For love is like the Wind And love is Like the Water | Jonas Mekas| Opening 29/4


For love is like the Wind And love is Like the Water | Jonas Mekas| Opening 29/4


The Mamuta Art Research Center for Art and the Screen-Based Arts Department, Bezalel


For Love is Like the Wind

And Love is Like the Water


Jonas Mekas, exhibition

Curators: Sharon Balaban, Lea Mauas | Assistant Curator: Shahar Ben-Nun  

What’s important about the underground cinema?  that it’s not important at all…It’s a very joyful occupation…joyful past time.. turn your camera on your friends , on the things you really like.. without going through painful production, raising money, and suffering… you have 3 dollars, you buy a roll of film and make film (Jonas Mekas, 1968)

The exhibition presents two of Jonas Mekas’s cinematic diaries. Lithuanian-born Mekas (1922-2019) fled his homeland at the end of WWII. During his escape he was captured and imprisoned in a German labor camp. In 1949 he made his way to New York, where he lived and created for the rest of his life. Mekas, considered the father of experimental cinema[TC1] , was also a film critic (The Village Voice, Film Journal), founder and initiator of various experimental cinema platforms (The Film-Makers’ Cooperative, Anthology Film Archives), a lecturer, poet, and activist for artistic freedom. The two works in this exhibition, created at a distance of 40 years, document the lyricism of daily life: the encounters, the streets, the change of seasons, and the beauty of time passing over us in the day-to-day. In Mekas’s works, documentation has a poetic and aesthetic purpose, and the act of filming is perceived as an act of freedom, a way of life, poetry. The title of the exhibition is taken from one of the many poems written by Mekas during the course of his life.

365 Day Project is a visual journal in which Mekas uploaded short video segments to a designated website each day of the year 2007. Each film was accompanied by a short poet. “I don’t make movies, I film,” he stated . “I have a pen, and I have a camera.” Mekas searches for the poetics of the filmed image, without grand narratives. In an age of an excess of documentation and the endless creation of videos on our cell phones, it is interesting to examine Mekas’s work on the day to day in historical perspective.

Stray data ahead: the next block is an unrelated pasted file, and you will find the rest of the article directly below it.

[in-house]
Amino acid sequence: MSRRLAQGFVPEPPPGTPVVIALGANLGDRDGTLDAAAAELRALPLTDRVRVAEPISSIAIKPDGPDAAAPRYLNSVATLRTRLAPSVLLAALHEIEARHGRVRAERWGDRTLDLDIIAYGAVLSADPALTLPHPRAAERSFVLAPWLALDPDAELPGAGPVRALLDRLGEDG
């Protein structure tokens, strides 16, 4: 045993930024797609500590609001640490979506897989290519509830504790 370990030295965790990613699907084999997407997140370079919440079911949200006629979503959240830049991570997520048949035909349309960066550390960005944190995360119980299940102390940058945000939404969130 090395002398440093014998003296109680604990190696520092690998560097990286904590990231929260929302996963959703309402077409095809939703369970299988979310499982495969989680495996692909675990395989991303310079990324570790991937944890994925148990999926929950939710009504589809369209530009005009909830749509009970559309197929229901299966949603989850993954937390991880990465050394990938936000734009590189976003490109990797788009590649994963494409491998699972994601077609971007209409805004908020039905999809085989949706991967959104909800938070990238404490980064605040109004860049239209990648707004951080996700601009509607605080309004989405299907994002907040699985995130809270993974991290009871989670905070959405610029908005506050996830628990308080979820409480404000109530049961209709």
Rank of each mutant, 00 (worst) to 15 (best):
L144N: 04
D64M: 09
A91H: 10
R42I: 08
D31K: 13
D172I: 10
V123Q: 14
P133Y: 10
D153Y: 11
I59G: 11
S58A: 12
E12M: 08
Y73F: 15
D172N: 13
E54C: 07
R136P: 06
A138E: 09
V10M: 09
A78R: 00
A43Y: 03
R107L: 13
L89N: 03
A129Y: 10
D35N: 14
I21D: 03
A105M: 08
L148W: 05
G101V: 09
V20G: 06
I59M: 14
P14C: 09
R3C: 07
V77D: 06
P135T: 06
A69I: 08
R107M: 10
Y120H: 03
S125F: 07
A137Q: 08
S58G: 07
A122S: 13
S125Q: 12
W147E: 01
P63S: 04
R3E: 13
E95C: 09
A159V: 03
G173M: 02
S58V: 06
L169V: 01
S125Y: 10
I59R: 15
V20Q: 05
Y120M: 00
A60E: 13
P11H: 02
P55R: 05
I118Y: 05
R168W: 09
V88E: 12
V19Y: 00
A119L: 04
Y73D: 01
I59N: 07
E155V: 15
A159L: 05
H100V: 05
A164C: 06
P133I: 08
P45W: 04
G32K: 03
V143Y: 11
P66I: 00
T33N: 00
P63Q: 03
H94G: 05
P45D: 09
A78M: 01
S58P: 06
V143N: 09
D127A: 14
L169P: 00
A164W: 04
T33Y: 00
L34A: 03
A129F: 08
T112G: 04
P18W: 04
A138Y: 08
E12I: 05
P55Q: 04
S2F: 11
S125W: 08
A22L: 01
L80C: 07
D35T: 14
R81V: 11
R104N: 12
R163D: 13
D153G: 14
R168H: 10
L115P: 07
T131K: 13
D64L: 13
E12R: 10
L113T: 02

365 Day Project can be viewed in the exhibitionion space in several ways. Projected on a screen at the entrance to the exhibition is the video that was filmed on the parallel date in 2007. In the central gallery space, the entire work is screened during the opening hours of the exhibition, in a loop (about 38 hours in total). On a third screen the viewer can choose days from the project and watch them independently. This display emphasizes the playful aspect of the project and creates a dynamic and liberated experience of time. It expresses the desire to break the linear continuum of time and at the same time allows a meditative, galleristic viewing of the beauty created by the accumulation of the films.

The final exhibition space features a projection of Mekas’s film Walden from 1969. Mekas filmed, or as he put it, “celebrated what he saw,” on his Bolex, the camera he bought upon his arrival in New York in 1949. The work was commissioned by the Albright-Knox Art Gallery in Buffalo, New York, and was filmed between 1964 and 1969. The film is inspired by Henry David Thoreau’s 1854 book, Walden, in which the writer described his experiences over the course of two years living in a cabin that he built alongside  Walden Pond in Massachusetts. As a writer and philosopher, Thoreau believed that in order to understand human existence and its true essential needs, one must celebrate daily life in the simplicity of nature. Demanding what he called “total mastery of one’s tools” – composition, camera movements, and editing as he filmed – Mekas tried to turn the metropolis of New York City into his “Walden,” a place where nature is present more than the typical urban sights. When asked whether this was really New York, Mekas said, “Walden is made up of bits of memories of what I wanted to see. I eliminated what I didn’t want to see.”

The exhibition And Love is Like the Water / For Love is Like the Wind is a chance for the Jerusalem public to get to know one of the most fascinating avant-garde filmmakers, following an exhibitionion of his works over the past year at Hamidrasha Gallery – Hayarkon 19 in Tel Aviv (curator: Avi Lubin).

The exhibition is the product of a collaboration between the Screen-Based Arts Department at the Bezalel Academy of Arts and Design and the Mamuta Art Research Center, following past collaborations: an international conference (“Anatomy and Autonomy of the Moving Image”) in the framework of the Jerusalem Film Festival (2010), and an exhibitionion of the artist and filmmaker Chantal Akerman (De la Mer(e) au Desert) at Mamuta (2014).

The exhibitionion program also includes an online seminar, “Dear Jonas,” featuring speakers from Israel and abroad (May 3 2021), and a closing event on the subject of the day-to-day with Dr. Danny Sharira (May 28, 2021).

The exhibitionion is held thanks to the support of the Lithuanian Culture Institute.

Thanks: Head of the Screen Based Arts department Tami Berenstein, Sebastian Mekas, Elena Keisodute, Avi Lubin.